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Thinning Practices in Southern Pines - With Pest Management Recommendations

T. Evan Nebeker – Respectively, professor, Department of Entomology,
John D. Hodges – Professor, Department of Forestry, Mississippi State University, Mississippi State, MS,
Bob K. Karr – Assistant professor, Department of Forestry, Mississippi State University, Mississippi State, MS, and
David M. Moehring – Professor (deceased), Department of Forestry, Mississippi State University, Mississippi State, MS.

United States Department of Agriculture, Forest Service, Technical Bulletin 1703, December 1985.


Although the principal goal of thinning is improving the growth and value of stands, other benefits are obtained, such as hazard reduction for insect infestations, disease epidemics, and damages due to abiotic agents. The mechanics by which thinning reduces these hazards is not completely understood. However, observations indicate that it can result in positive and/or negative effects, depending on how, where, when, and why it is conducted. The presence of more than one kind of hazard (e.g., southern pine beetle and annosus root rot) in a particular area at a given time poses some problems in designing an optimum thinning strategy. Other factors that complicate the situation are the species, stage of stand development, anticipated direct damage to residual stems, site quality, growth rate, live crown ratio, equipment, machine operation, and ultimately the cost effectiveness of the operation. Soil compaction, soil improvement, water quality problems, wildlife habitat enhancement, weed problems, esthetics, and the like cannot be ignored if all aspects of thinning are to be taken into account.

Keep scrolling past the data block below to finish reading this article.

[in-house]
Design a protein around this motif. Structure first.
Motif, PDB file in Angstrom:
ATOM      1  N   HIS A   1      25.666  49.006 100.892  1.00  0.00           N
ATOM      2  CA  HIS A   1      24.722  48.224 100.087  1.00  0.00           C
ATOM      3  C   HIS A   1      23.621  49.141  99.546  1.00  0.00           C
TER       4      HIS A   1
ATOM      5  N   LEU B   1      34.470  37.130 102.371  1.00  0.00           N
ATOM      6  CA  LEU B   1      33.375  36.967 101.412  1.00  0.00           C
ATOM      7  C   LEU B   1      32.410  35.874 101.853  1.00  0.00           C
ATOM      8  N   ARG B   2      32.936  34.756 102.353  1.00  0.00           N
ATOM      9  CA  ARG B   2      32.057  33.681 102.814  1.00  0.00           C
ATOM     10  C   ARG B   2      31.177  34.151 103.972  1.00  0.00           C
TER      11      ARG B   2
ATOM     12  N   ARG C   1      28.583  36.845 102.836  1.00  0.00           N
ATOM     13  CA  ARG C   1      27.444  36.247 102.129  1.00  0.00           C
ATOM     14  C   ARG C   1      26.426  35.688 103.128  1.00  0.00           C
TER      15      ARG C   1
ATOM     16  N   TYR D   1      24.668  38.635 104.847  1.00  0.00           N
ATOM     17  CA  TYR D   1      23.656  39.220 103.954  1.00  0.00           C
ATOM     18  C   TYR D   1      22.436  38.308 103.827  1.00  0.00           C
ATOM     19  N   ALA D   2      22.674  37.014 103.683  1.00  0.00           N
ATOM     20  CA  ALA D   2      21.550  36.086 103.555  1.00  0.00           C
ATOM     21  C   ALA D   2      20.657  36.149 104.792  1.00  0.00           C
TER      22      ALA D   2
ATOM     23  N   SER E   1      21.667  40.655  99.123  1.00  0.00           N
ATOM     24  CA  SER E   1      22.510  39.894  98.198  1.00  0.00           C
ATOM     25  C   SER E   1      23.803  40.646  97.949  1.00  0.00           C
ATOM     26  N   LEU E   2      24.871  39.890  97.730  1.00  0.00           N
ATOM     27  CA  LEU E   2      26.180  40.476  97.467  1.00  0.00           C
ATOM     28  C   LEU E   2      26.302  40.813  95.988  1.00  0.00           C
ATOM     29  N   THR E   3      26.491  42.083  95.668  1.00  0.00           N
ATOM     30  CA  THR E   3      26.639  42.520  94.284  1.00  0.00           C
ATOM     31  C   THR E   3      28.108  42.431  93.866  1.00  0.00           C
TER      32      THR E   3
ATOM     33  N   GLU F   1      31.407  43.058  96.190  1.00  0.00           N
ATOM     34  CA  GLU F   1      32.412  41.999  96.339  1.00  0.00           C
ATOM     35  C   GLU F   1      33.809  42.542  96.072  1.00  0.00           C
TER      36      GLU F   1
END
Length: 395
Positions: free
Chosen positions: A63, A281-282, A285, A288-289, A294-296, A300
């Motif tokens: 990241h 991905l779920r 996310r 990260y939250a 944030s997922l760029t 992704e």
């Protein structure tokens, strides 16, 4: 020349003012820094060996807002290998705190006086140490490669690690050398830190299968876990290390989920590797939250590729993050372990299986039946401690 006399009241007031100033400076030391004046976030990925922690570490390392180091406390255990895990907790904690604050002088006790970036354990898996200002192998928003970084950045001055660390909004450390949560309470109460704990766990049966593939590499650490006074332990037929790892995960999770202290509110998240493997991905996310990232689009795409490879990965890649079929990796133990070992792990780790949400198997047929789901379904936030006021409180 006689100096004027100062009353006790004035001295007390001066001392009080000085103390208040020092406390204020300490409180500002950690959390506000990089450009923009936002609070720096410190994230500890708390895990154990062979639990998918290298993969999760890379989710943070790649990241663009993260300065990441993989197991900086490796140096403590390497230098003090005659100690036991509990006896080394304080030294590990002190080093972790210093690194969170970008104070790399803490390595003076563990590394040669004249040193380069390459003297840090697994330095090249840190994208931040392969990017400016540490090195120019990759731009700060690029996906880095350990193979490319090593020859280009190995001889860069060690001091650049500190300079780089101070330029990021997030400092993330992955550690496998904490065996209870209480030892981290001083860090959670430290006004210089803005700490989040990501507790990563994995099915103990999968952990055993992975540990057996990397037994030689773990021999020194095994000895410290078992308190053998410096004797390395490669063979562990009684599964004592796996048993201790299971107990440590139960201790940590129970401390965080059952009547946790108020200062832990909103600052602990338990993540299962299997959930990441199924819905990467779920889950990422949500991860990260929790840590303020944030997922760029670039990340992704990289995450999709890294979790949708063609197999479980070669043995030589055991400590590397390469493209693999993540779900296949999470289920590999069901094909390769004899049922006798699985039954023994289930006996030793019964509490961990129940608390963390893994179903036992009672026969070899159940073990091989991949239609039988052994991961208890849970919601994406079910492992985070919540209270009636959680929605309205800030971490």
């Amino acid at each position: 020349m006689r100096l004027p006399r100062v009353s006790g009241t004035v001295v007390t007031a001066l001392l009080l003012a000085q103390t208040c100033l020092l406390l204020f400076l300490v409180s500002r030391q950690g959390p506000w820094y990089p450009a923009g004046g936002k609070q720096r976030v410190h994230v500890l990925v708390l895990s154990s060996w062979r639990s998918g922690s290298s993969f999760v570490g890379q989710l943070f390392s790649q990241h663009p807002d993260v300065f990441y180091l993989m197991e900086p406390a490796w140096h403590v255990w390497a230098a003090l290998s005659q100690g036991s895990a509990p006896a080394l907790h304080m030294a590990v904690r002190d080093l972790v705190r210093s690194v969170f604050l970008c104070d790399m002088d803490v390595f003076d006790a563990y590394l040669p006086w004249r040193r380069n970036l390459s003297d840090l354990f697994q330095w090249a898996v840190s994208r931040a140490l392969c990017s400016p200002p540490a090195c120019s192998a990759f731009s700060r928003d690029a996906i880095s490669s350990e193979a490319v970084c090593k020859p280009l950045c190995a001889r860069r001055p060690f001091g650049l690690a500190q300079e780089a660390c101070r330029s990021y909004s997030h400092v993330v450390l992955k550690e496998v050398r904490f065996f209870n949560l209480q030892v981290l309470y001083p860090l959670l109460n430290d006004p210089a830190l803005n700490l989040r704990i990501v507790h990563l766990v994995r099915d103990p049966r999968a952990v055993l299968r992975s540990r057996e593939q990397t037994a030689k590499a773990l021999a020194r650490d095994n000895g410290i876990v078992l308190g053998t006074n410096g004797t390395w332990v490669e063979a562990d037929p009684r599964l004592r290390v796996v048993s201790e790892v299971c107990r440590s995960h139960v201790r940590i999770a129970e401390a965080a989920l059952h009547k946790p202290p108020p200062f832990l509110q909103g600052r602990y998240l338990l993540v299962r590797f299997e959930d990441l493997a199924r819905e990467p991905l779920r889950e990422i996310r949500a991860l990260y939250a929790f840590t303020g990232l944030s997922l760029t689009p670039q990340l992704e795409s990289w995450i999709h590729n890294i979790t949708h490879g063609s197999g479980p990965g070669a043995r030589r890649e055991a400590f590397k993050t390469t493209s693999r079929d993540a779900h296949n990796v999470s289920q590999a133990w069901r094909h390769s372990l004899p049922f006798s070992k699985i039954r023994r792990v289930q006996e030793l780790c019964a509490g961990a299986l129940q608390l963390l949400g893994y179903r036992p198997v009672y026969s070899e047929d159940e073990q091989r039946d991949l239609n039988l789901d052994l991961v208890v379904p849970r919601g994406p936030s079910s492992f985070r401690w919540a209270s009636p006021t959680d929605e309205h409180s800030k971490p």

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Last updated on Wednesday, July 03, 2002 at 02:43 PM
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